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Parents file malpractice suit over sexual assignment surgery

A couple has sued the state of South Carolina and two hospitals for allegedly performing an unnecessary sexual assignment surgery on a toddler whom they later adopted. Lawyers for the plaintiffs stated that the lawsuits, including a medical malpractice suit, are the first of their kind in this country.

The couple filed suit over a child who was born in 2004 with both male and female genitalia and placed in state custody after the termination of parental rights. Doctors removed the child's male genitalia when the child was 16 months of age, leaving the child with female parts, according to the suit.

The couple also sued the hospital where the child was born and the hospital where the operation was performed. According to this lawsuit, the defendants engaged in negligent medical malpractice for not obtaining the patient's informed consent before surgery and for failing to warn of potential problems resulting from the surgery. According to the suit, this medical procedure should have occurred years later when the child was competent to make an informed decision and had identified as a male or female.

Plaintiffs also sued South Carolina Social Services officials for failing to protect the toddler from the surgery's consequences. In another lawsuit filed in federal court, plaintiffs alleged that doctors and state officials violated the child's civil rights by performing the surgery without consent.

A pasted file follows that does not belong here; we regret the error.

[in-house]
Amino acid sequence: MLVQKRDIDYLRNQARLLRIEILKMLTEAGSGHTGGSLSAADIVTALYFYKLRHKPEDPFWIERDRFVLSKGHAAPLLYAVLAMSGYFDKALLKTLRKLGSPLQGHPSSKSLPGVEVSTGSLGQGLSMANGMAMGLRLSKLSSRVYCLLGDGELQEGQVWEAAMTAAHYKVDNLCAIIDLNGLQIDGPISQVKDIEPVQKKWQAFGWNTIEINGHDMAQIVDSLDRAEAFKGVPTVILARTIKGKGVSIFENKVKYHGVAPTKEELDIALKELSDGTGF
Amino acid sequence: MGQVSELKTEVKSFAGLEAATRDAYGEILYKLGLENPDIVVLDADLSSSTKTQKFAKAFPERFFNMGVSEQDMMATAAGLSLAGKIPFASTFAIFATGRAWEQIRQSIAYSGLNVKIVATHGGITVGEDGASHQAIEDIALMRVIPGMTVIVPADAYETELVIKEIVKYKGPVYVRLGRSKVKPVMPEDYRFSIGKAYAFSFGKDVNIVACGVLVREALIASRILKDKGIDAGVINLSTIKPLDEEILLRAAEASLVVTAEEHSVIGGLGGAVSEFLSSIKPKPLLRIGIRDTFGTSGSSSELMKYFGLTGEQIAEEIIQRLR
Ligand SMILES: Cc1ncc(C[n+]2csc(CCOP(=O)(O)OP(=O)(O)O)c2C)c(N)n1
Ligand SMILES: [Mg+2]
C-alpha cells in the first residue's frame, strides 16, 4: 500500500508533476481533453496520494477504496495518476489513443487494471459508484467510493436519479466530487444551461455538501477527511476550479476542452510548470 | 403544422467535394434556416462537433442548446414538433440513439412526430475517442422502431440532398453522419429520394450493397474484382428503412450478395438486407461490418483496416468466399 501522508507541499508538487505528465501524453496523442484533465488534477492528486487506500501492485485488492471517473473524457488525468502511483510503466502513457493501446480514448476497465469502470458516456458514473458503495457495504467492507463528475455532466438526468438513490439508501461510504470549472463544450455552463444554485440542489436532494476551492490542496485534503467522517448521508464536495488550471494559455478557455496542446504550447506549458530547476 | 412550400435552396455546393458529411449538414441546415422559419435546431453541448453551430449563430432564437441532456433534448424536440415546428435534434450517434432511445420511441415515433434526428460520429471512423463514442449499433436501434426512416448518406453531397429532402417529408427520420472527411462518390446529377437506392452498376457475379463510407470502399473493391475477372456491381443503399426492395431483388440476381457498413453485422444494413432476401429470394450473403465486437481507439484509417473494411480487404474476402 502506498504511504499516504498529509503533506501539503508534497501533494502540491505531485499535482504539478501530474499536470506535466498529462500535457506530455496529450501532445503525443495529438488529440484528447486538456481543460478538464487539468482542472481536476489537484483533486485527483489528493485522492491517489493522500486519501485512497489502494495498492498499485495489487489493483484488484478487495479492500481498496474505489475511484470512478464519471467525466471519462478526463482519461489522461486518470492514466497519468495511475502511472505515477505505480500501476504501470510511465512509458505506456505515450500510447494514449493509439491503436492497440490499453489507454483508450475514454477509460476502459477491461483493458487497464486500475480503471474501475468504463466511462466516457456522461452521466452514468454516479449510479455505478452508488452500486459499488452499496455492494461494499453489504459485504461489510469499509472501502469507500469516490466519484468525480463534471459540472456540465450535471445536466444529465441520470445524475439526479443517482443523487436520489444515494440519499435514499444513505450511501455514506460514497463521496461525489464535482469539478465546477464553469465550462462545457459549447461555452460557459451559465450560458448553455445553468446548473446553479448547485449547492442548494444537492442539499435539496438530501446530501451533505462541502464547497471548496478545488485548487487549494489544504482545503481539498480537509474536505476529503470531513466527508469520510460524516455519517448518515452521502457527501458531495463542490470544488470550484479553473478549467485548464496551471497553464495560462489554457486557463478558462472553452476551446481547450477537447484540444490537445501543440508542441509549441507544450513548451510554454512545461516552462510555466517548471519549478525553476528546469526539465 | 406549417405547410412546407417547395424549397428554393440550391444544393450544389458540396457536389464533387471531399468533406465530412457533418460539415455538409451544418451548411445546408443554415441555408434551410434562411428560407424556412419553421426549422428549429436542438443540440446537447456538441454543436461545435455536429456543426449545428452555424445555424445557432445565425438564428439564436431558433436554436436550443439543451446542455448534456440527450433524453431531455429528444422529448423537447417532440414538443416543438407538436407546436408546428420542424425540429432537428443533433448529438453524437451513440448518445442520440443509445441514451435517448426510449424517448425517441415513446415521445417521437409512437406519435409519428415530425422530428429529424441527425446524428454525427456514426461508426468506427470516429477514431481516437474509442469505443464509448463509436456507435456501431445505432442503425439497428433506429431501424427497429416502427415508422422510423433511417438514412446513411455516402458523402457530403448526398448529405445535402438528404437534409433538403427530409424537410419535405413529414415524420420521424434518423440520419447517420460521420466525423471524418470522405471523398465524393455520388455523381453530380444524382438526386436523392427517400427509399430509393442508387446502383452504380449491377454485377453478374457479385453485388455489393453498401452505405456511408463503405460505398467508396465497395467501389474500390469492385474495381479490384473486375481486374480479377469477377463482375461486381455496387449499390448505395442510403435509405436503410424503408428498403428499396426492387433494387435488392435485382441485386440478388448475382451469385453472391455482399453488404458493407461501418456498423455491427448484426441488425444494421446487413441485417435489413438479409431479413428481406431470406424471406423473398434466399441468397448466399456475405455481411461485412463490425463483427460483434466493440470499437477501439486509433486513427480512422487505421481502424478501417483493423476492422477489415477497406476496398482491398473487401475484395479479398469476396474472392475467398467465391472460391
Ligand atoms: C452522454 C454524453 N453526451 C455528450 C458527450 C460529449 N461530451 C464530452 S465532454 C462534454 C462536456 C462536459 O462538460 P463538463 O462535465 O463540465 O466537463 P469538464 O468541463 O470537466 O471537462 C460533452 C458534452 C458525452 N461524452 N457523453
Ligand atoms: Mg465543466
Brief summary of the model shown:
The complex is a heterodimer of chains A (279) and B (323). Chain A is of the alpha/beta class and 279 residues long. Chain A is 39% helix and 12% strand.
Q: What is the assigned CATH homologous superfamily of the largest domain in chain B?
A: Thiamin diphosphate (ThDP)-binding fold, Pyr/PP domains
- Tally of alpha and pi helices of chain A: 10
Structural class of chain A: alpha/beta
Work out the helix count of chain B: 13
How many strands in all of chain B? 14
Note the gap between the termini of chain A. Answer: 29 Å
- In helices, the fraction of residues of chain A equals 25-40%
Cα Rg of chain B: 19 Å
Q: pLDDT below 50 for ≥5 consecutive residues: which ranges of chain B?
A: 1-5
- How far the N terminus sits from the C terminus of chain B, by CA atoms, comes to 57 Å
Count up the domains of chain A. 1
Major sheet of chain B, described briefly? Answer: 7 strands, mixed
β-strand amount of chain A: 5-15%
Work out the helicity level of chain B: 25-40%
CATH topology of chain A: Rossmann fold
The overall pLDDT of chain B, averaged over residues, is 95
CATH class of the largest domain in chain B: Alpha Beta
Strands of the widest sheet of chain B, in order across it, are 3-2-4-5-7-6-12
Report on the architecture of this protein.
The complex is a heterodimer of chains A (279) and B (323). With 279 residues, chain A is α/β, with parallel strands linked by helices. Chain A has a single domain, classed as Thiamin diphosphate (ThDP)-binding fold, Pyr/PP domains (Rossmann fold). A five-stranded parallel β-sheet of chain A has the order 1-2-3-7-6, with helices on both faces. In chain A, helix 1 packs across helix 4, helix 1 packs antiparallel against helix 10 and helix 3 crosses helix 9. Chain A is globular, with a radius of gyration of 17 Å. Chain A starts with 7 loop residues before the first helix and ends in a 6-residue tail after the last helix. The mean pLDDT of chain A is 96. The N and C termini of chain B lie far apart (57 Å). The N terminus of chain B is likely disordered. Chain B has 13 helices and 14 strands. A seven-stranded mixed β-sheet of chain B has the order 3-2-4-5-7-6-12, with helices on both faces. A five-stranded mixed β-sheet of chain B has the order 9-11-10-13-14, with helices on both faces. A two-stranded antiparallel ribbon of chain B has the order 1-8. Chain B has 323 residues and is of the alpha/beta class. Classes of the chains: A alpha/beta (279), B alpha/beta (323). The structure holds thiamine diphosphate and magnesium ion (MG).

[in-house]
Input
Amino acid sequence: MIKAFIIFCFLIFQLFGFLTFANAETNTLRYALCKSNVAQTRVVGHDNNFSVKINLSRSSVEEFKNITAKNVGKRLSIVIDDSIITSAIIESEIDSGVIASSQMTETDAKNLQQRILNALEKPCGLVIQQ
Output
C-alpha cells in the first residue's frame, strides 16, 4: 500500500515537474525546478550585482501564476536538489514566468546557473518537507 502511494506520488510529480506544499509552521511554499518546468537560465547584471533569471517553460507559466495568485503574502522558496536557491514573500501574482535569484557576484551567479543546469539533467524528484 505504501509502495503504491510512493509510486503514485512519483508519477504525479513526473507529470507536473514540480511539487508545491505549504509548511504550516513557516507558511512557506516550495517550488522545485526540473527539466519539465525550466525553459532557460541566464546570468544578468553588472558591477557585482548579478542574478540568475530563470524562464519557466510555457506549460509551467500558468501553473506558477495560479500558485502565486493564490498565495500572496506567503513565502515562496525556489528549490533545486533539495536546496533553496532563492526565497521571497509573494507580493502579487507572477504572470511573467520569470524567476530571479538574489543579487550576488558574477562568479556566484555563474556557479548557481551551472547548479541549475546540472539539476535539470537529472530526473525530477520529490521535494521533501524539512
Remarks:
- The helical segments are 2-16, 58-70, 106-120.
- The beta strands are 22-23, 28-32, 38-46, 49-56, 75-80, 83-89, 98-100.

The plaintiffs have raised the child as a girl since 2006 and knew that the toddler had ambiguous genitalia at the time of the adoption. The child is now a healthy 8-year-old and wants to be raised as a boy. Plaintiffs claim that the surgery could lead to sterilization, loss of sexual function or other medical issues. The suit was filed to prevent other families from going through similar struggles.

Settling or litigating malpractice cases involving a surgical error or other malpractice is complex and often requires medical expertise. Plaintiffs in these cases must show that the doctor's or other health care practitioner's deviation from the standard of care led to harm. Defendants may have different degrees and types of liability. Time periods also may limit when a legal malpractice action may commence.

Source: The Miami Herald, "Parents sue SC, hospital over child's sex surgery," Meg Kinnard, May 14, 2013

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